Parents of child with special needs asking motorists to be careful


SPOKANE, Wash. -The parents of a child with special needs are speaking out to raise awareness about following laws when driving near school buses. That’s because they say they’ve seen other drivers speeding.

Shila Foster says her 4-year-old son Gabriel has non-verbal autism and he enjoys playing outside.

“He likes trains and rocks and all sorts of stuff,” she says.

But, she says he also sometimes likes to take off running. Recently, Shila when she takes her son to his bus stop near Holmes Elementary, “we’ve noticed that people aren’t observing bus laws,” she says. “The bus driver can put the paddle out…the lights, and people will still drive right by.”

The American School Bus Council estimates more than 10 million drivers illegally pass school buses every year. Shila’s main concern is the danger.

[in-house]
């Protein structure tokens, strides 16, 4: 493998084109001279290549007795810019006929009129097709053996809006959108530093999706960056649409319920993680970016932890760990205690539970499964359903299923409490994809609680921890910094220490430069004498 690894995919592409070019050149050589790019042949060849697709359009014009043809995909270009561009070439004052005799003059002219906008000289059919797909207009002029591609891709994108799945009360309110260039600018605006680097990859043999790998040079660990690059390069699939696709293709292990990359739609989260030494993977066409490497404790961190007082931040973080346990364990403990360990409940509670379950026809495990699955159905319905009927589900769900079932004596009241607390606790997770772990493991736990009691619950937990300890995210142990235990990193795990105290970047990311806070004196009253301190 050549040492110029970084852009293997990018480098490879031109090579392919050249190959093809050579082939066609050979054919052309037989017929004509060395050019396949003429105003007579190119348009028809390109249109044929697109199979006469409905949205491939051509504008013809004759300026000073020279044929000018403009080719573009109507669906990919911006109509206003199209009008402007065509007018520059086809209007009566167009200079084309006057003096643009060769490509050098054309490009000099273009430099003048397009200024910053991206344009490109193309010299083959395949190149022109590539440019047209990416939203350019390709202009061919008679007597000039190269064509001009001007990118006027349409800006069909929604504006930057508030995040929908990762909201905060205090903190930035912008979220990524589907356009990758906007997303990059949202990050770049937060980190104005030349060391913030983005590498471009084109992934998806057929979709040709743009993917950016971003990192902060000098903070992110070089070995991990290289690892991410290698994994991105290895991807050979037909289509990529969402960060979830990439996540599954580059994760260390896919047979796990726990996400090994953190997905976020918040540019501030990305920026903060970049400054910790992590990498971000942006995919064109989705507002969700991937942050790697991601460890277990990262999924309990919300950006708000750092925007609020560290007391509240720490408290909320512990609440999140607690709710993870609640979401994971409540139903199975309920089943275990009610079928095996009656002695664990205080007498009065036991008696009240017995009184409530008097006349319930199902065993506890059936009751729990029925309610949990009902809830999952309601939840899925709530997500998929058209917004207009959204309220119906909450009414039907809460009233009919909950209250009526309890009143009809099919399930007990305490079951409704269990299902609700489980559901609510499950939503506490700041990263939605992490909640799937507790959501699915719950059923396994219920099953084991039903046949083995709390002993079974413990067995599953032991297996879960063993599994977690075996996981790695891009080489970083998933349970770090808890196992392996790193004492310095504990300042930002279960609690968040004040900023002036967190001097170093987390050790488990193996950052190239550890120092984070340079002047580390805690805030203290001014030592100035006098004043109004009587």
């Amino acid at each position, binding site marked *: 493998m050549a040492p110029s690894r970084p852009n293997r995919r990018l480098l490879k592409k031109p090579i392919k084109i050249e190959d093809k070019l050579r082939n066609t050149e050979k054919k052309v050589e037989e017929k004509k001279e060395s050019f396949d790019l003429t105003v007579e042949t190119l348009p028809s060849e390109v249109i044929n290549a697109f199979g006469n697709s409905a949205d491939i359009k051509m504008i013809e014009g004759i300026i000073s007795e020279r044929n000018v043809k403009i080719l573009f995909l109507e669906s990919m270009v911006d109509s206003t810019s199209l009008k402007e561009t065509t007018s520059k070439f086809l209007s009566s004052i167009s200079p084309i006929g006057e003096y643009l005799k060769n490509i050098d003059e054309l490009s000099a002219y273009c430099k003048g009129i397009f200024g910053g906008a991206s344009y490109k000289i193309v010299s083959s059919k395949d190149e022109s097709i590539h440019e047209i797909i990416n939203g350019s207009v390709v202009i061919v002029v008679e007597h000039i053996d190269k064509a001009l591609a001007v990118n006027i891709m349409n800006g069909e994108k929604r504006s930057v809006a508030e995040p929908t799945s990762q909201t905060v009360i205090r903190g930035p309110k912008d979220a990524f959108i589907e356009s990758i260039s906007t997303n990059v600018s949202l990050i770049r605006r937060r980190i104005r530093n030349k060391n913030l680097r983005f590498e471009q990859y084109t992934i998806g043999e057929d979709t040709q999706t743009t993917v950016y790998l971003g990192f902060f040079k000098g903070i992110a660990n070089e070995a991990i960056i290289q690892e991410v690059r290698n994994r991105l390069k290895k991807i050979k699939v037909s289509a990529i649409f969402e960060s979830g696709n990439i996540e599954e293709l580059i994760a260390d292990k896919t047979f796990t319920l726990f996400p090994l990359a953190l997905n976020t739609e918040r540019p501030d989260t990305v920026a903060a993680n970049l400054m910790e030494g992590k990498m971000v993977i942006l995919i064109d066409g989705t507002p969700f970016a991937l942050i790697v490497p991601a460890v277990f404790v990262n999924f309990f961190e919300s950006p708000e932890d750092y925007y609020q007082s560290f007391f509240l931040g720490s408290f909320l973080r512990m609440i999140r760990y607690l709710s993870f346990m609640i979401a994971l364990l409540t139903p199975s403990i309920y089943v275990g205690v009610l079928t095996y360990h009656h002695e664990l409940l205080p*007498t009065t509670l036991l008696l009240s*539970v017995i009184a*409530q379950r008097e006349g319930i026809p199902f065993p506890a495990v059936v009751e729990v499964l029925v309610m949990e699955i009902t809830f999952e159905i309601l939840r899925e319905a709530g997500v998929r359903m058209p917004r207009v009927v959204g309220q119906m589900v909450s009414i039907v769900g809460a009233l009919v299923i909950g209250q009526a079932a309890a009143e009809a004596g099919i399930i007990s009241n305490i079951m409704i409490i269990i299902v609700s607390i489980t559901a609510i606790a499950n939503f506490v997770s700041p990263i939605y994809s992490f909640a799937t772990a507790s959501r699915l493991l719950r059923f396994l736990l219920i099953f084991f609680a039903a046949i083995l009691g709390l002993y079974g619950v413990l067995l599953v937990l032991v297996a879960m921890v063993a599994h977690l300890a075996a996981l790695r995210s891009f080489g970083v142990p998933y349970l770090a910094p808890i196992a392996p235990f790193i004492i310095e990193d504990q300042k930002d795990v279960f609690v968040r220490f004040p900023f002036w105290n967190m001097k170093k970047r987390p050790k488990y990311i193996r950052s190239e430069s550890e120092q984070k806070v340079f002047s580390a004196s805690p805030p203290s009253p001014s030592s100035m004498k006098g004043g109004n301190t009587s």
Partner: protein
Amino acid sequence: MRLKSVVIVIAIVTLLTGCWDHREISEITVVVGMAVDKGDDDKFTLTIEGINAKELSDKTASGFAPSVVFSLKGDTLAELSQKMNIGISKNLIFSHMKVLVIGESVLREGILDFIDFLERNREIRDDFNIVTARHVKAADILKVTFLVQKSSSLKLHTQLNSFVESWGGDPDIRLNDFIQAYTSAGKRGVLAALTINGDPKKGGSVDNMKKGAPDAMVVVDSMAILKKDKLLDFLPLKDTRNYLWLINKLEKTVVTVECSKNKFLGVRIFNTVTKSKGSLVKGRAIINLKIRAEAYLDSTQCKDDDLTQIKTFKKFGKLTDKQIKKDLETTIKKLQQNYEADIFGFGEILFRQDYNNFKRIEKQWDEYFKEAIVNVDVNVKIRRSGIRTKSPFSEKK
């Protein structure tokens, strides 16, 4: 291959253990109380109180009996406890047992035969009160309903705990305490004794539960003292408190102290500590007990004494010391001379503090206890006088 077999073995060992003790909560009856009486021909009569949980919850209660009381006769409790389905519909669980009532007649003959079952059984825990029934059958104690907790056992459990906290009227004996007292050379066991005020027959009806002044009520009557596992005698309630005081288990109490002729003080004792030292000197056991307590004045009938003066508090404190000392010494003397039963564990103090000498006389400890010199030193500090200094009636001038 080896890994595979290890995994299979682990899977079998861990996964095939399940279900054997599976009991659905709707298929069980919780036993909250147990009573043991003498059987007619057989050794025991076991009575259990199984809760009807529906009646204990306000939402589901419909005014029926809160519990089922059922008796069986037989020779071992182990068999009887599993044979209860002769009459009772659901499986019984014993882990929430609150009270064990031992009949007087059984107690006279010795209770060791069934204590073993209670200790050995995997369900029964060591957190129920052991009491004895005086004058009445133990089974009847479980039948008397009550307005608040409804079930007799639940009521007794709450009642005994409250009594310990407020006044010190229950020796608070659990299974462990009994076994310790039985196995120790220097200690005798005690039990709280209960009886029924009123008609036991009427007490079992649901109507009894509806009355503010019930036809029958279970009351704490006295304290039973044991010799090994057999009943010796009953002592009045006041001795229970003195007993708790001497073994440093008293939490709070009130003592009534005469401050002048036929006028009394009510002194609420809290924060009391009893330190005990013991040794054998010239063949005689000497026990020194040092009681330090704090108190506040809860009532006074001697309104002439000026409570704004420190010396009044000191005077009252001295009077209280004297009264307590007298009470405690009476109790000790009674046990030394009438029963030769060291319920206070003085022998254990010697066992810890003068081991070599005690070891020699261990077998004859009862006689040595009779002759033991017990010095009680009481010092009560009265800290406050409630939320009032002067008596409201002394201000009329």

“It's really dangerous because if he slips out of one of our hands there's very little we can do,” she says. “We can chase him down of course but the concern is, ‘is there enough time?’”

She says her son's bus drivers have been amazing in helping Gabriel.

“They do their very best,” she says.

She just hopes other drivers on the road follow the rules to keep all kids safe.

“Slow down when you see a school bus and if you see the arm down and the lights on, just stop,” Shila says. “It's not worth it if it goes south and you run a child over because you couldn't wait.”

A representative with Durham School Services says motorists passing school buses is an issue they're well aware of. In Spokane, if their bus drivers witness other drivers passing when the stop arm is up, they’ll radio into dispatch with a license plate number. That information then gets sent to the police.

If you are having issues with speeding in your neighborhood, the city suggests reaching out to your neighborhood council. For a list of neighborhood councils:

For more information on how to be safe:

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